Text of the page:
impacted crop?

Discussion in 'Emergencies / Diseases / Injuries and Cures' started by Prairie Fire Farm, Mar 23, 2009.

  1. Prairie Fire Farm

    Prairie Fire Farm New Egg

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    Jan 11, 2009
    Dane County
    Sorry to start a post with a tale of woe but we thought we would share our story to add to the 'database' online of impacted crop stories. We lost our favorite chook today. We THINK it was impacted crop that did her in, but we're not sure of anything. She started wheezing about 8 days ago, although a week earlier one of our rascally dogs had chased her and I noticed that she was making a honking sound and breathing heavily even 2 hours later. I thought she was just mad (and maybe it's unrelated). But 8 days ago, the wheezing turned into pretty unmistakable difficulty breathing within the day. She was throwing her head forward, making this honking sound (coughing I guess). I took to the posts and thought it could be gapeworm. Got sureguard wormer and gave her .25 ml of that (the liquid /goat stuff). Then my partner thought it was pneumonia and we tried some injectable tylosin (this from folks who are committed to organic but we aren't selling anything at the moment and she was our favorite family hen). She was suffering so much we felt we had to try everything. Then 4 days into it, when giving her another injection, I felt her crop. My partner has farmed before but for me, these were my first chickens. It was very hard, and about the size of my fist. At this point she hadn't eaten much if anything for a few days- was pecking at stuff but her breathing /gasping kept her from following through and actually swallowing anything. I massaged it, after giving a syringe of olive oil, and immediately she was breathing normally. The crop softened considerably. Then 2 hours later- she was gasping and the whole routine again. Again, oil and massage on the crop and she is breathing normally. I had similar success one more time that evening, then the next day when she was still gasping it didn't work. I tried to keep her hydrated with molasses water (and earlier electrolytes with acidopholus) and also gave her raw milk and yogurt intermittently. The rest of our flock, including some 4 wk old marans, totally fine btw.

    We agreed today that we would do the 'home surgery' to clean out the crop but she didn't make it. I kept wondering if I was getting the oil and/or the molasses into her airway (she would hoot and cough sometimes) but then this whole thing STARTEd with the wheezy, coughing,gaspy thing. The crop never went down completely- and today when we did her autopsy- there were whole oats (she picked those from our oat straw) and grasses, maybe about 2-3 Tablespoons of stuff. Most folks describe large amounts of gunk in an impacted crop. My take is that it must have been impacted still- bc otherwise that would have digested, right? She most certainly was not getting any new grains/food into her except for my forced yogurt for the last 3-4 days. But it doesn't make sense that it would still have blocked her airway when I could manually move it away from her airway. And it worked earlier but why did it stop working to help her breathe? It's hard to know when you don't know what's normal. The other thing we saw was a large, hard gizzard. This I know was larger than normal. Nothing blocked her trachea (as far as we could tell).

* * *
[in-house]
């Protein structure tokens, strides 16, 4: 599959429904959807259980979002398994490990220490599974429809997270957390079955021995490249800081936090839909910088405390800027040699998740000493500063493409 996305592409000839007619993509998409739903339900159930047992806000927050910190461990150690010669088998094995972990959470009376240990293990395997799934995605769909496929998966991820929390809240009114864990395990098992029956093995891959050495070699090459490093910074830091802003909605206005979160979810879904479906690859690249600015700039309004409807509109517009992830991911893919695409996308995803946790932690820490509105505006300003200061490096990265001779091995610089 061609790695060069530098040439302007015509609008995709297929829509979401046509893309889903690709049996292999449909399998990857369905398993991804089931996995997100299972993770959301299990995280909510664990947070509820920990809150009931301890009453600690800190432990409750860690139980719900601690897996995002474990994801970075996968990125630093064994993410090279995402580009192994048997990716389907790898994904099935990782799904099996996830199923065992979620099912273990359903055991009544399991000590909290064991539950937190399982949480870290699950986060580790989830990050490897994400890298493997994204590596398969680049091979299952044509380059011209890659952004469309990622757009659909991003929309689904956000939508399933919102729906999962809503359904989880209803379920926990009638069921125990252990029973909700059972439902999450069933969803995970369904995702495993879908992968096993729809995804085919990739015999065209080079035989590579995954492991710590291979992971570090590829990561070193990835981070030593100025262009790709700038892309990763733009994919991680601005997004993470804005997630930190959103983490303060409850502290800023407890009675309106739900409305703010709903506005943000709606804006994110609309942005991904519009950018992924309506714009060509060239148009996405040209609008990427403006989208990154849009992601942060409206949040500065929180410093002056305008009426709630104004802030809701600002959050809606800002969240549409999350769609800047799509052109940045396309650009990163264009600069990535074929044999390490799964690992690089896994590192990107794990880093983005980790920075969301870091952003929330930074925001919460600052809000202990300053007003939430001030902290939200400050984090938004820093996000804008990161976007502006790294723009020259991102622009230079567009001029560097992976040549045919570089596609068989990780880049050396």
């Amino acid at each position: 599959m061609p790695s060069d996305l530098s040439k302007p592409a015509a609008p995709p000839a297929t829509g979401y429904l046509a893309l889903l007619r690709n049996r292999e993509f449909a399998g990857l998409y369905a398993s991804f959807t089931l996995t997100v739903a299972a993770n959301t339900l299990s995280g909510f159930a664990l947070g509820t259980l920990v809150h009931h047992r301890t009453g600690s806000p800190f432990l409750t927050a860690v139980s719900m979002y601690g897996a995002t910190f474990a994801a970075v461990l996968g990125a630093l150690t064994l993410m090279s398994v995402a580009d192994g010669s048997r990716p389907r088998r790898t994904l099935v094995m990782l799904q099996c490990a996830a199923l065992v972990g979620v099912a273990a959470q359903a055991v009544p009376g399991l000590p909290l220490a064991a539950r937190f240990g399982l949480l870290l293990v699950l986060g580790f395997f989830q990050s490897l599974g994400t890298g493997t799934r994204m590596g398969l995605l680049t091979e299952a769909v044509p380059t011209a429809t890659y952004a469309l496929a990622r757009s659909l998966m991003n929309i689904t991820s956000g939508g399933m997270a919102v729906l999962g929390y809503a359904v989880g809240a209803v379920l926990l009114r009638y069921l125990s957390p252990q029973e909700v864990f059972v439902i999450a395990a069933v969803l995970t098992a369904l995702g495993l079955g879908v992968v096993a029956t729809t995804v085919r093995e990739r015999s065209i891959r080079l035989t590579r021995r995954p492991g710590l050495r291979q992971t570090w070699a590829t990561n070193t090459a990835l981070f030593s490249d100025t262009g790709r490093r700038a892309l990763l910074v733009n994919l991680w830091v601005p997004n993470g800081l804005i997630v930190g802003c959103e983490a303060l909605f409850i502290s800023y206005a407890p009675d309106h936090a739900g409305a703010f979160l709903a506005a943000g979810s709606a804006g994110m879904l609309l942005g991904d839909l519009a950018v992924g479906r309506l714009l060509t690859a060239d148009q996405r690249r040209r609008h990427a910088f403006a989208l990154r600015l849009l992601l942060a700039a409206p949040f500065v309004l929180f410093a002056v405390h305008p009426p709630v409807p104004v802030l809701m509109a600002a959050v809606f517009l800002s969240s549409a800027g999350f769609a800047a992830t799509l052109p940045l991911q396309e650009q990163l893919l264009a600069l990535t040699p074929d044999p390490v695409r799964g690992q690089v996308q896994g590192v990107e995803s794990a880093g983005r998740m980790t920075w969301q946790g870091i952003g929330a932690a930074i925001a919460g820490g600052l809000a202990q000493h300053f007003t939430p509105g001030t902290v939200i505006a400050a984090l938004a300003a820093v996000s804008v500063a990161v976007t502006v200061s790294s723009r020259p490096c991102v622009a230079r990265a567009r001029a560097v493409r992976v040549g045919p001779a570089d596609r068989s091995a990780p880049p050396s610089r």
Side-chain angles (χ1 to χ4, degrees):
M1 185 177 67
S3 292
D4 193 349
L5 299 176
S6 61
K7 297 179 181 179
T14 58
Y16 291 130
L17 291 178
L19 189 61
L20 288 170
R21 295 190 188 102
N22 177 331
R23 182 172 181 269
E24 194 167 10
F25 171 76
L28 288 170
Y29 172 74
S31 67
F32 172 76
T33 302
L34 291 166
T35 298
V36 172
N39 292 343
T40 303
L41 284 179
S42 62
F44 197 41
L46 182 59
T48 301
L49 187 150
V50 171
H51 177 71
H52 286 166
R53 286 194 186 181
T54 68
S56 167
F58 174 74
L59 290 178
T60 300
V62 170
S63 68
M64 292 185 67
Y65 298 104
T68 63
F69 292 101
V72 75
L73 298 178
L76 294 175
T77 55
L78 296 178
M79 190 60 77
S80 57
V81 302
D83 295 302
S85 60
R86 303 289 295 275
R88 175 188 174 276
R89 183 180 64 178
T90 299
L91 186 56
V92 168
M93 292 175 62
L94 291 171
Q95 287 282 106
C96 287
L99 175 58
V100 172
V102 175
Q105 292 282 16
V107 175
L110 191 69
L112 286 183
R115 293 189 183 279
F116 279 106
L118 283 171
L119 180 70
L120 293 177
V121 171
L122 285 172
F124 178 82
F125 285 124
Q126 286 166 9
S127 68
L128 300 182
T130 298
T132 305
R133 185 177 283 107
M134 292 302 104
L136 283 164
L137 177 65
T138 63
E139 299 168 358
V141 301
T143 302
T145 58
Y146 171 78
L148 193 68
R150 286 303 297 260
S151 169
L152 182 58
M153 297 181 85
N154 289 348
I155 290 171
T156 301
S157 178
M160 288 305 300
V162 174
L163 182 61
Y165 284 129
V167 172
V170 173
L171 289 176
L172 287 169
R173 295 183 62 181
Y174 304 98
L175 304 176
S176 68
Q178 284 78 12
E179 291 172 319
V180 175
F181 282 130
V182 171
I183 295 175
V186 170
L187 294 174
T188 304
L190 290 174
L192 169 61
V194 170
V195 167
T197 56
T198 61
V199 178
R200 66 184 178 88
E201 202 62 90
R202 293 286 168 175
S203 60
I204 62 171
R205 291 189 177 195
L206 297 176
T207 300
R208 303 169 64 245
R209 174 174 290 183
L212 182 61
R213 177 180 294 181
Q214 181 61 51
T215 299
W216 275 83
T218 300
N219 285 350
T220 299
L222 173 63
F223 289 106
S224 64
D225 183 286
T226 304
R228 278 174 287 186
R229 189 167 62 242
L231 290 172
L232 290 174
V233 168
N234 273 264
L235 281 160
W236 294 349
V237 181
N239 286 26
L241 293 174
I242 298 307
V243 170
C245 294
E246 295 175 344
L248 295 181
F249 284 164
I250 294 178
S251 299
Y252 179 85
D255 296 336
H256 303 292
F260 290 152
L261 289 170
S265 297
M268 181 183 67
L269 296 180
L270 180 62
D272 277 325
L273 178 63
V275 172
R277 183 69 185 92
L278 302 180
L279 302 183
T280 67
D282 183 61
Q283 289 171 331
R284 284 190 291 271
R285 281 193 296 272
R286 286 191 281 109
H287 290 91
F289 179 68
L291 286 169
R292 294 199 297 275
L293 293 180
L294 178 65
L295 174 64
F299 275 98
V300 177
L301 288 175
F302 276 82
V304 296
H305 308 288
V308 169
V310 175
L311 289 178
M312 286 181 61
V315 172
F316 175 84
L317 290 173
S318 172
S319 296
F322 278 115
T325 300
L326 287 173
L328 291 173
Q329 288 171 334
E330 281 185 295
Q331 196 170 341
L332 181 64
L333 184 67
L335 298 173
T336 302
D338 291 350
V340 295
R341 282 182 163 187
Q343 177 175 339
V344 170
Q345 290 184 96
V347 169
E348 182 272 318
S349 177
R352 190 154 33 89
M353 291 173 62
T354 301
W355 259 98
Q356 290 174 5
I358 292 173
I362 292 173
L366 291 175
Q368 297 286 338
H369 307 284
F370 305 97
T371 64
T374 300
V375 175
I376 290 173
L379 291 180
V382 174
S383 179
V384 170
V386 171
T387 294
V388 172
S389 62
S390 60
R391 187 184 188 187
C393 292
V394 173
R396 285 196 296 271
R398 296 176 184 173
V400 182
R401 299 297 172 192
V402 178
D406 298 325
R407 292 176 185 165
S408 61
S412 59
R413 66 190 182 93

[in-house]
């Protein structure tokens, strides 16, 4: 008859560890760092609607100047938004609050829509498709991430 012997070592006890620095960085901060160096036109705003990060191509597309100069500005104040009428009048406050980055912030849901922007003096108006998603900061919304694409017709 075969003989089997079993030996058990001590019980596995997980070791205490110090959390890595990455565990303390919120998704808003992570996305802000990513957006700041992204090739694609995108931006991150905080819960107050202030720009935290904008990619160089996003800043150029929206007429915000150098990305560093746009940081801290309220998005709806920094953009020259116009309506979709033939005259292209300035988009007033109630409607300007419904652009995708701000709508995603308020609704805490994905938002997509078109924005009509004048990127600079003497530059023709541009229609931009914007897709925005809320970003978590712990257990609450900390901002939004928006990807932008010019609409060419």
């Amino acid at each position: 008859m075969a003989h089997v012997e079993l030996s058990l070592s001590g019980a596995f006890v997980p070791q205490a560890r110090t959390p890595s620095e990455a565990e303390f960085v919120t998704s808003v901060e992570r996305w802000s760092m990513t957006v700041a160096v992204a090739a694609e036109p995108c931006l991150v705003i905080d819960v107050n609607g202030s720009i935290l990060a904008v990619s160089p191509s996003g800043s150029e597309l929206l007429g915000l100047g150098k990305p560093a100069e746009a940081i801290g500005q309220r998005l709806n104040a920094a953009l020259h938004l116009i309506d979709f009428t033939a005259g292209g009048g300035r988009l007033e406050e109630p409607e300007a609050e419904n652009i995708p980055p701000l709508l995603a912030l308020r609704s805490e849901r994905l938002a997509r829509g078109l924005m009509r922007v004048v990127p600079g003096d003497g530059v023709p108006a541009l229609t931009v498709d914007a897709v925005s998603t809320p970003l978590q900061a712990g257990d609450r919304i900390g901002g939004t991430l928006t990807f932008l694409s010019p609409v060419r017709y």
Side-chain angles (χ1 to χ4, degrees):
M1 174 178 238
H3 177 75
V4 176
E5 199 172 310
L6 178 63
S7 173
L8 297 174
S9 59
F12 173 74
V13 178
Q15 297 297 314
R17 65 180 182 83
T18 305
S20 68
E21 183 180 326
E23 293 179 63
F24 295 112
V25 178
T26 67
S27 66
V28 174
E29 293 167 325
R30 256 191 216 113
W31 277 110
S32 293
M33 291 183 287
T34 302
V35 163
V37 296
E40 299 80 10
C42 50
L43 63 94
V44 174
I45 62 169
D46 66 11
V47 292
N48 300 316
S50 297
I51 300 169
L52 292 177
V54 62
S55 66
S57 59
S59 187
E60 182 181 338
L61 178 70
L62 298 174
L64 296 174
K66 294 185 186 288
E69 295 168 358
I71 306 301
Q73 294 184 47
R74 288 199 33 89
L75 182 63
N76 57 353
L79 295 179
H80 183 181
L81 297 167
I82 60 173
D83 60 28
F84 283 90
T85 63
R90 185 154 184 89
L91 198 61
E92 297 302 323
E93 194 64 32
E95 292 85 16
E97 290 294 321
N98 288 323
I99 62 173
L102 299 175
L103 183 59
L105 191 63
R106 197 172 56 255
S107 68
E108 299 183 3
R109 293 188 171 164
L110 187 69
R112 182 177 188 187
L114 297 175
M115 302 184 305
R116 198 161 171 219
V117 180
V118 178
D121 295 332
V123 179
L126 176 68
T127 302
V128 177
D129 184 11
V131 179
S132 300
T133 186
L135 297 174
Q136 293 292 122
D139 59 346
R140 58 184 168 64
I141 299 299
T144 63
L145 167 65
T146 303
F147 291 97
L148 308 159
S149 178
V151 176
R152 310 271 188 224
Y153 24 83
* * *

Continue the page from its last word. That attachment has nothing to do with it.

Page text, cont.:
So I know a lot of folks don't mention this respiratory difficulty with blocked crop but some do. I hope this helps someone- who can put pieces together to save their chicken. And I'll be glad to see some ideas (maybe I can even bear to have someone tell me I killed her with the molasses and should never have done THAT.) [​IMG] We are very sad and it was a horrible helpless feeling - especially with her challenge breathing. She was an americauna and hatched last spring. Dang she was a great hen. Thanks to everyone for sharing stories and wisdom that at least gave us something to go on.
     
  2. tiki244

    tiki244 Flock Mistress

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    Jan 1, 2008
    WestCentralWisconsin
    I am sorry for your loss [​IMG] I think that you did everything you could do to save your hen. Try not to feel guilty. You gave her a good life.
     
  3. MarlaKaye

    MarlaKaye Out Of The Brooder

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    Jan 14, 2009
    You have my heart felt condolences. Loosing a precious Hen is more difficult than anyone without them can imagine. We couldn't even imagine it ourselves till it happened to us. It is hard.

    It always takes a few days to get my equalibrium back. Maybe I am too much of a wuss for this. Thank you for sharing. It is good information to have.
    All my best,
    MarlaKaye
     

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